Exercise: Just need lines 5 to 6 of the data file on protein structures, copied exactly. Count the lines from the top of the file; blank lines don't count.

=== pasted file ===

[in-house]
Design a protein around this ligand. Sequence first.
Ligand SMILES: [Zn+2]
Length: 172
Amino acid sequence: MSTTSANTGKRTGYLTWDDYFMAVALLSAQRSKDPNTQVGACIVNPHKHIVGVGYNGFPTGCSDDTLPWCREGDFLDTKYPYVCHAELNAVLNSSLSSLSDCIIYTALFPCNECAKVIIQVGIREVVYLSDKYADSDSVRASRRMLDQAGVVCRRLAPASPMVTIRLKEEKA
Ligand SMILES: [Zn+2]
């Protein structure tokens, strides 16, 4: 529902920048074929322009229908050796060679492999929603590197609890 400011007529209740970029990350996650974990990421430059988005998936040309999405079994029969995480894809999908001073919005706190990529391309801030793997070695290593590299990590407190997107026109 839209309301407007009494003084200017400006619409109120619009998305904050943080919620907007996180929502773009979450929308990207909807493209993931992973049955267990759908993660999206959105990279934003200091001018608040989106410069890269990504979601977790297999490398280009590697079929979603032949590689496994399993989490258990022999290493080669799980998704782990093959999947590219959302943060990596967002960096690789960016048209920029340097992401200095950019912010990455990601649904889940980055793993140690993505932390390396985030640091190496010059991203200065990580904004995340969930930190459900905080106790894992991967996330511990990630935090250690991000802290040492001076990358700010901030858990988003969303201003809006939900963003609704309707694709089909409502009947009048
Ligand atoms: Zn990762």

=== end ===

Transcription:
Amino acid sequence: MSTTSANTGKRTGYLTWDDYFMAVALLSAQRSKDPNTQVGACIVNPHKHIVGVGYNGFPTGCSDDTLPWCREGDFLDTKYPYVCHAELNAVLNSSLSSLSDCIIYTALFPCNECAKVIIQVGIREVVYLSDKYADSDSVRASRRMLDQAGVVCRRLAPASPMVTIRLKEEKA
Ligand SMILES: [Zn+2]